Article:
The heading of a Malaysiakini report yesterday, “Heli lands at Padang Ipoh ‘without clearance’ to pick up food for KL customer”, and its contents reflect the many ills that have afflicted our nation as a whole and in particular, its fight against the Covid-19 pandemic.
It also reflects the serious disconnect between the haves and have nots; the rich and the poor; the affluent and impoverished; and the moneyed and the moneyless.
But what transpired in Ipoh yesterday does not justify nor validate the broad divide between the two.
It appeared to be a case of “do it and be damned” and face the consequences later. How else would you describe the audacity of landing a helicopter (without permission) on one of the last remaining hallowed turfs and greenery in Ipoh?
It would have certainly been permissible in an emergency or when it is a matter of life and death. But it is an unequivocal “no” when it comes to satisfying the hunger pangs and cravings of a few.
To dismiss it as a spur of the moment would be a fallacy. What can be gleaned from news reports was that the operation was planned, prepared and executed to the T.
The food was pre-ordered and pre-paid – the restaurant was told to prepare 36 packets of rice, chicken, salted egg and beef. And it was then delivered to the door of the helicopter.
It was not just a case of one rich (and perhaps famous) satisfying the cravings for his or her favourite meal. Neither was it a case of thrift and paying little for good and tasty food.
On the contrary, it was extravagance – forking out RM10,000 in transport charges (to charter the helicopter) to pick up packets of food from Ipoh and deliver them to a designated drop point.
It was not just a case of displaying opulence. Neither was it lunch for a high-powered meeting of the board of directors and aides.
It was arrogance personified and defiance of laws, rules and regulations. It was showing scant regard for procedures that are in place to restrict the movement of people and stop the spread of Covid-19.
It cannot be said that it was a dare or a game of “catch me if you can”. The success of the operation must have prompted the organiser to pump fists in the air and thump the chest to be able to pull off an audacious task and in the process taunt authority.
There is no funny side to this and no one will find it amusing. The Civil Aviation Authority of Malaysia (CAAM) said the helicopter was only cleared for landing at the Sultan Azlan Shah Airport. Was it then a diversion of the flight plan which was submitted before take-off?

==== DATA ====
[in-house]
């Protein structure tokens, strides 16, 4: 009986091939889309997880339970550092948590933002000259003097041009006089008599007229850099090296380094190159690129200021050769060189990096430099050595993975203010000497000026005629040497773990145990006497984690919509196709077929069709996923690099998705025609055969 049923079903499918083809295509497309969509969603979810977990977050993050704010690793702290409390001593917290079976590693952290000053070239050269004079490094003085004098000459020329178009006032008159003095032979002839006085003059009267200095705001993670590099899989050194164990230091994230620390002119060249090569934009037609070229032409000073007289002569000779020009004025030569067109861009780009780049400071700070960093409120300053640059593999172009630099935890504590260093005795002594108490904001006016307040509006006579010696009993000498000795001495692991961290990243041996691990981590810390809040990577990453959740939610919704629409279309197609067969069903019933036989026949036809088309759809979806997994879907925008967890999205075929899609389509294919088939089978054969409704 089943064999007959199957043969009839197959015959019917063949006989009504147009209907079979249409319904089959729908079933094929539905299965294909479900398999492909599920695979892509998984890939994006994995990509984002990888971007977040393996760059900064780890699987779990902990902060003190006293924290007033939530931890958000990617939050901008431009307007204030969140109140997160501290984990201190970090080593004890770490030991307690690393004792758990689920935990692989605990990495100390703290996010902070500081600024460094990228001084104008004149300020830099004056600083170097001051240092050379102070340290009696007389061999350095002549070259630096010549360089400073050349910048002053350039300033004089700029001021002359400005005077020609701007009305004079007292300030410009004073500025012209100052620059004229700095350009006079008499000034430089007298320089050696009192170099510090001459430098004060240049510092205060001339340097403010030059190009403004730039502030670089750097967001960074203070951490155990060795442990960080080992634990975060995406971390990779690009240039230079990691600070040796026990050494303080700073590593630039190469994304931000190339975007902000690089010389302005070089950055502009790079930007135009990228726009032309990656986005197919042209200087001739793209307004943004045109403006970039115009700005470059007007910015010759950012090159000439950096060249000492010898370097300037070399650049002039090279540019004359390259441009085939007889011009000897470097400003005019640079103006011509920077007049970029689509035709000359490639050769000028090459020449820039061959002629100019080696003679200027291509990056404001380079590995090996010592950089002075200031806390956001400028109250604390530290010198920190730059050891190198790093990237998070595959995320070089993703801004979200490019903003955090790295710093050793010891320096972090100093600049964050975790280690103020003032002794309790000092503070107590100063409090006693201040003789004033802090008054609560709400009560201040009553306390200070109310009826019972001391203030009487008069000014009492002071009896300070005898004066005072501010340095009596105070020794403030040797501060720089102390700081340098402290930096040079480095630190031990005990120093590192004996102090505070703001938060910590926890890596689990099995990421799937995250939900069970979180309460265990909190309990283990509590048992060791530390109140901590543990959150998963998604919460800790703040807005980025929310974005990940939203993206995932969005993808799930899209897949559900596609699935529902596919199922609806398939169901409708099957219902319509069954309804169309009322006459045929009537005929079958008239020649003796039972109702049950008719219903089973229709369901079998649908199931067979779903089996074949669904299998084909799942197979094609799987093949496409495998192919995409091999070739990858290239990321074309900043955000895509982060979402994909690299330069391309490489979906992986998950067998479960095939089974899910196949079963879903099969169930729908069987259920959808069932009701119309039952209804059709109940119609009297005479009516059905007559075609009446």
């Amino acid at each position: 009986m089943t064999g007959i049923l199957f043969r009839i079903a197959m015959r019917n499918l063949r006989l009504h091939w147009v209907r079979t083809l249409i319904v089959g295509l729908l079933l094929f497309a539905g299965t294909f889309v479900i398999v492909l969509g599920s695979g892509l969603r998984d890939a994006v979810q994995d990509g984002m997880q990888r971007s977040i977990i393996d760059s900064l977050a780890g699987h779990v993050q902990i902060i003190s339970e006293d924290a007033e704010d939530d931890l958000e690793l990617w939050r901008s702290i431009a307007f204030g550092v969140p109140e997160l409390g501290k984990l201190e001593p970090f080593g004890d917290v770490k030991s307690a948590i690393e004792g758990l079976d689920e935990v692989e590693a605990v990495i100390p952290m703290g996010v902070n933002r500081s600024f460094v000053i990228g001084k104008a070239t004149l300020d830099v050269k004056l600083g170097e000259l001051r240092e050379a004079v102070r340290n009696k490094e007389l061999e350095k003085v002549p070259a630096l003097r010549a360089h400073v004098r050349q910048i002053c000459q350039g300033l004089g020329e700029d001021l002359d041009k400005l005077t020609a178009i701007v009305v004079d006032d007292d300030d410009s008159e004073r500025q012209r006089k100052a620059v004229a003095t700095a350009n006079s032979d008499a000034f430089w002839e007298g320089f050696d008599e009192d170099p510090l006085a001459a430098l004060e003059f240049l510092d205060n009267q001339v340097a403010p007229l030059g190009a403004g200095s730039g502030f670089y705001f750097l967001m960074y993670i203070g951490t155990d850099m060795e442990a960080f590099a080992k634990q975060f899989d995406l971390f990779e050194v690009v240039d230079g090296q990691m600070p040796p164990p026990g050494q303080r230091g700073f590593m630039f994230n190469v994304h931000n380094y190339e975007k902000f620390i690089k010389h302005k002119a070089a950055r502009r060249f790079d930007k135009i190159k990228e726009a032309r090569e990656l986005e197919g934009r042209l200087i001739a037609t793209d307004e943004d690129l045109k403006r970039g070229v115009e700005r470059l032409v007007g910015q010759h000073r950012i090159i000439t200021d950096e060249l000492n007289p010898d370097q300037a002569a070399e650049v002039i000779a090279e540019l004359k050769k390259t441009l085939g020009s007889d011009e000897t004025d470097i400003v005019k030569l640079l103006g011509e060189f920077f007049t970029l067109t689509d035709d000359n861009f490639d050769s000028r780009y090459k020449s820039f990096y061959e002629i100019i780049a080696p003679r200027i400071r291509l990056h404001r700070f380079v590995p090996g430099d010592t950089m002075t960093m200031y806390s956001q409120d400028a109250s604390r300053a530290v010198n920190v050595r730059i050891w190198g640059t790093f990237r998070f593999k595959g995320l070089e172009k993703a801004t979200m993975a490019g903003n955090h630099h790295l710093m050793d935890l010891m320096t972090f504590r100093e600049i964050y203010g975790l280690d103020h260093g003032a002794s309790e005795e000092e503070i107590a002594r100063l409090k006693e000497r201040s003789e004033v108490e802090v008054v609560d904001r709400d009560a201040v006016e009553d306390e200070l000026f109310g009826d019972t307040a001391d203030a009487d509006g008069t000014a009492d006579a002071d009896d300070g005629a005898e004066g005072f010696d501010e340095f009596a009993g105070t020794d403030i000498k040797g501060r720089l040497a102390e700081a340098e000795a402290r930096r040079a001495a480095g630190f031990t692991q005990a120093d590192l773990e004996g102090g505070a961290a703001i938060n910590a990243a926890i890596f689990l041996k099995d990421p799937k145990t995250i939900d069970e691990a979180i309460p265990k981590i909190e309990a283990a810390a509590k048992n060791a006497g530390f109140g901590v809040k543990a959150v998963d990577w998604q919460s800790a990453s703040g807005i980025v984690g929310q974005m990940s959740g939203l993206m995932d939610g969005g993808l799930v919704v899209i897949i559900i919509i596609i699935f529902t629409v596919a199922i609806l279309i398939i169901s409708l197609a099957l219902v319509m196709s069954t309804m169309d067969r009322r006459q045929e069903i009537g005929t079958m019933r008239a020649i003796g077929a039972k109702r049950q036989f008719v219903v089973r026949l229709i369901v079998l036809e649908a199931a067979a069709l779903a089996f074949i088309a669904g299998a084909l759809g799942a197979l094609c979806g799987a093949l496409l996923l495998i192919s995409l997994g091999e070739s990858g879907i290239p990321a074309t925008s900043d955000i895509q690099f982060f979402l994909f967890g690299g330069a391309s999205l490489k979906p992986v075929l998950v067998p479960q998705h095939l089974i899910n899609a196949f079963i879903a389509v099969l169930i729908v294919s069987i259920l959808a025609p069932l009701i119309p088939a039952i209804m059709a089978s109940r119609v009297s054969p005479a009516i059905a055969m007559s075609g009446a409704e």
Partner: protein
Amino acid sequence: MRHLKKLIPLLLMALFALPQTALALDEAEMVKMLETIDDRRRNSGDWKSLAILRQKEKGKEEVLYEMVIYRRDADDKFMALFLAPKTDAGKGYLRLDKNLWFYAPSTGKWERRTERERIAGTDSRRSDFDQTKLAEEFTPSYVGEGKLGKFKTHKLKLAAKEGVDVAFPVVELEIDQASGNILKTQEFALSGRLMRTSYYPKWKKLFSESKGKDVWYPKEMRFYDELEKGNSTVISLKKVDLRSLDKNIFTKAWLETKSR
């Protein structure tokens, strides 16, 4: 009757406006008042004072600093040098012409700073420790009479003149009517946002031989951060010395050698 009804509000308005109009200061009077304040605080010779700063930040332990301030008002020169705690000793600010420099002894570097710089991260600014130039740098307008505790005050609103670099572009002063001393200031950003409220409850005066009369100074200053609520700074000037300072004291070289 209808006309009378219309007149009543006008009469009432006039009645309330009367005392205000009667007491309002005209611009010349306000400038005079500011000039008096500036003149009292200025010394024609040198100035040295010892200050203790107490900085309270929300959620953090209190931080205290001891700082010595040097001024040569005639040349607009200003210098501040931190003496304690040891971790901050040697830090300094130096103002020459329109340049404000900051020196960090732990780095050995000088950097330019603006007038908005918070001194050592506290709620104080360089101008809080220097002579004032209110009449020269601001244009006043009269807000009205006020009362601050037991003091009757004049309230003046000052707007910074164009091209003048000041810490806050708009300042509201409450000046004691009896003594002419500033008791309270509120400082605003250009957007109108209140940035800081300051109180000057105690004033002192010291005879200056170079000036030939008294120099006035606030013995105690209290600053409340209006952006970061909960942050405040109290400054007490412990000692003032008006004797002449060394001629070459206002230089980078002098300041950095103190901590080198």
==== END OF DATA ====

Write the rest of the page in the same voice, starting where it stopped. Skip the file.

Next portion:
Perak police chief Mior Faridalatrash Wahid was quoted by Utusan Malaysia as saying the helicopter landed between 9.55am and 10.15am and that it did not have permission to land on Padang Ipoh.
Let them eat cake
We are not pontificating on how those endowed with an enormous amount of wealth should spend their money and neither are we specifying how they should flaunt their wealth.
But with the country ravaged by a pandemic that has caused more than 7,000 deaths and total Covid-19 cases nearing the million mark, it would be a gross understatement to state it was wrong timing.
At a time when white flags are being raised by the poor and needy, such a show of extravagance cannot even be seen as a futile and fruitless effort to lend credence to the prime minister’s claim that the “kitchens are full of supplies”.
But sarcasm aside, this whole shindig has left a bitter taste in the mouths of most Malaysians. At a time when even a kilo of rice is beyond many, such a display of supposed height of enrichment and total abuse of wealth can be nauseating.
When one is fined RM5,000 for going to buy groceries from Taman Tun Dr Ismail in Kuala Lumpur, across the road to Kampung Kayu Ara in Petaling Jaya – a distance of 4km – what else can be said of an hour’s helicopter ride to Perak to pick up packed meals?
The transgressions by VVIPs including ministers have been pooh-poohed with paltry fines, but what is an RM2,000 fine to one whose superior food delivery service by air cost five times more than that?
R NADESWARAN is a veteran journalist who writes on bread and butter issues.
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